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Las Vegas is the perfect setting for Drunk History to work with. This city has larger than life stories—big stories that would are easily heightened to wilder extremes once alcohol is added. “Las Vegas” is one of the most visually interesting episodes of the season, adhering to Drunk History’s signature low-budget look but still transforming simple sets into truly immersive worlds. No detail gets overlooked. The narrators get sloppy and slouchy, but the reenactments look incredibly tight.


Chris Romano kicks things off, and nerves definitely get to him a bit. Drunk narration demands a certain level of confidence in order for it to be fun. Most of all, it needs to seem like the narrator is having fun with what they’re doing themselves. There are exceptions, like with Paget Brewster, who doesn’t seem like she particularly likes doing drunk retellings, but rather seems like she hates everything about it but is still going to give it her all. Romano just seems, unfortunately, a little bored. He doesn’t slur so much as slog. At times, he gets too stuck on insignificant details, and at other times, he rushes a little too much as he tries to get through the plot of the story.

Brendon Walsh picks up the energy with his segment about Bugsy Siegel and Las Vegas’s early organized crime scene. Walsh is the kind of drunk narrator who likes to play with a lot of dynamics in his storytelling, changing the intensity and cadence of his voice to fit the tone of the story. His voice gets somber for the darker parts and then noticeably charged for the more exciting bits, so it’s easy to stay right there in the moment with him. He adds some weird inflections that end up being really fun for the reenactors to play with. Sam Rockwell, Dennis Quaid, and Ben Schwartz all give really incredible performances. Quaid in particular commits at full throttle to the role, easily becoming the standout player of the episode.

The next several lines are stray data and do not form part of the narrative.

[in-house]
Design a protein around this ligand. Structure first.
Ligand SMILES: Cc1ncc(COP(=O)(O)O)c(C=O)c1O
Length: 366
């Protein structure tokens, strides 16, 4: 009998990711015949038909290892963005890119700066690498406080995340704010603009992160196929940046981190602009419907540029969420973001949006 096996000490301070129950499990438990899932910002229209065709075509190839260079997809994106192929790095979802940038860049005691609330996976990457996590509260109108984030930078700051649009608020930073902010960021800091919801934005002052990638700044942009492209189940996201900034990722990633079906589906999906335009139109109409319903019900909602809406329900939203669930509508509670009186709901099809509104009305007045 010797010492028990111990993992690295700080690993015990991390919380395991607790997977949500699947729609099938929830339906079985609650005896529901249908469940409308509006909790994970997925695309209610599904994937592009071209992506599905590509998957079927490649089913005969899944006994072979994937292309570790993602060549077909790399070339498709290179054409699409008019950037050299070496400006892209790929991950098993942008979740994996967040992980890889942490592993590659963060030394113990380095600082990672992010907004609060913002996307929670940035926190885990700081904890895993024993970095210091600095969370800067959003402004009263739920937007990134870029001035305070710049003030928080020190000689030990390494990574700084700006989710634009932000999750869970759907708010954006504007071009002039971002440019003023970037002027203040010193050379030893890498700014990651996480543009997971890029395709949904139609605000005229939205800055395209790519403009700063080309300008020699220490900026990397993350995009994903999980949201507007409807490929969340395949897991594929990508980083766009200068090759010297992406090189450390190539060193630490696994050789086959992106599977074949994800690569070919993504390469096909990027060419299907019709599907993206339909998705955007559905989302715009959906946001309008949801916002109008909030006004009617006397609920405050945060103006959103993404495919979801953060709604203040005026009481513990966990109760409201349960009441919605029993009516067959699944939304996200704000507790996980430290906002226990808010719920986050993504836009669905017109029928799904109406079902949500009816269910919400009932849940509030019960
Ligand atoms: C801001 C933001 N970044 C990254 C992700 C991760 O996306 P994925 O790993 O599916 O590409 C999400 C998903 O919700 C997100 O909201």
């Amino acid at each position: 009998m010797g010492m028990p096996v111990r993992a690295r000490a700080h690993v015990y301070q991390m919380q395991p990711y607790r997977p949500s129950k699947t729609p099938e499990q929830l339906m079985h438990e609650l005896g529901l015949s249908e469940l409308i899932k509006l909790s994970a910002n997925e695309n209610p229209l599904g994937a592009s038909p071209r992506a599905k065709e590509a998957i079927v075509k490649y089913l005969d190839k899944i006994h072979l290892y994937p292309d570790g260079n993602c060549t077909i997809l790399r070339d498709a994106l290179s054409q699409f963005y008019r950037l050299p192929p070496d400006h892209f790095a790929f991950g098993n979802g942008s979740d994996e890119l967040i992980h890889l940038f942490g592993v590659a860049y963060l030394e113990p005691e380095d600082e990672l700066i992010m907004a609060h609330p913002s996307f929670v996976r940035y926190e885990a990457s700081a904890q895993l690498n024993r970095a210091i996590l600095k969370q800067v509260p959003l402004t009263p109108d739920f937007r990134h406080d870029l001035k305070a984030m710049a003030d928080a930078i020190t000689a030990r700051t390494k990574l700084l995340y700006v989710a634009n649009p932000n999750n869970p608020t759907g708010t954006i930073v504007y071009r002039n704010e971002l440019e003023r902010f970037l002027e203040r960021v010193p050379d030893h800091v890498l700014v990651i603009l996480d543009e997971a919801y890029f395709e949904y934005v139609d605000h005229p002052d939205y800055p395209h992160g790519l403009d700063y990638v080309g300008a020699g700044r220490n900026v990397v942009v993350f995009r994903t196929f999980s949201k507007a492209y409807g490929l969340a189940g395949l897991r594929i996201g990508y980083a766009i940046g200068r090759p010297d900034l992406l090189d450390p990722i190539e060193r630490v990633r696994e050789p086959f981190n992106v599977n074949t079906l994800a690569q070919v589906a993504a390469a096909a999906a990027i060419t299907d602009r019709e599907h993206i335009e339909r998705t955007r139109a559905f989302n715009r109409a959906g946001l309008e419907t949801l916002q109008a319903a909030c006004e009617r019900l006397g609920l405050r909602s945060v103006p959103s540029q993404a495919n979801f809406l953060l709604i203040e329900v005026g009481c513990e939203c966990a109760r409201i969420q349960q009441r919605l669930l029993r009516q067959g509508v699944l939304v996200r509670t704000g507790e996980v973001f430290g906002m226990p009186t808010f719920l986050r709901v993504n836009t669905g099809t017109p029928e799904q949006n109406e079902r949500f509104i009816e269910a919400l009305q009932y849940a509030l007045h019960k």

Even when the narration isn’t at its best, the direction throughout “Las Vegas” is really on point. Each of the stories allows for really elaborate sets. “Las Vegas” creates the glitzy, bright world of the city it drunkenly explores. The costumes and coloring in Walsh’s segment is particularly strong, creating a believable and intricate world that gives personality to the story as much as Walsh’s drunken words do. The aesthetics for the Moulin Rouge are similarly strong. Even the chyrons are written in a flowery font


The real winner of the episode, however, is Paul F. Tompkins and his narration about the Moulin Rouge casino. Tompkins can say just about anything, and it’s funny. He’s a human cartoon character whose bouncy cadence never wavers, even as he’s talking about racism . At one point, he gets so excited about what he’s saying that he plows right through a hiccup, not letting it stop him from getting out what he needs to say. The hiccups return though and, in true Drunk History form, get incorporated in the reenactment. The hiccup attack really fucks with Tompkins, but he keeps going, sinking deeper into the couch. He barely opens his eyes for the second half of his segment, but he keeps going, somehow maintaining his playfulness so that it never becomes sad. It’s fun to watch narrators struggle but not if they sink too far. Tompkins keeps up the energy of the story even as he’s disappearing into his couch.

Stray observations

  • “So, they’re doing murders.”
  • Of course Tompkins does his Drunk History segment in his signature suit and bow tie look. What a delightful, odd man.
  • “Because I’m a racist! From the time in which I live!”
  • “I may be hiccup.”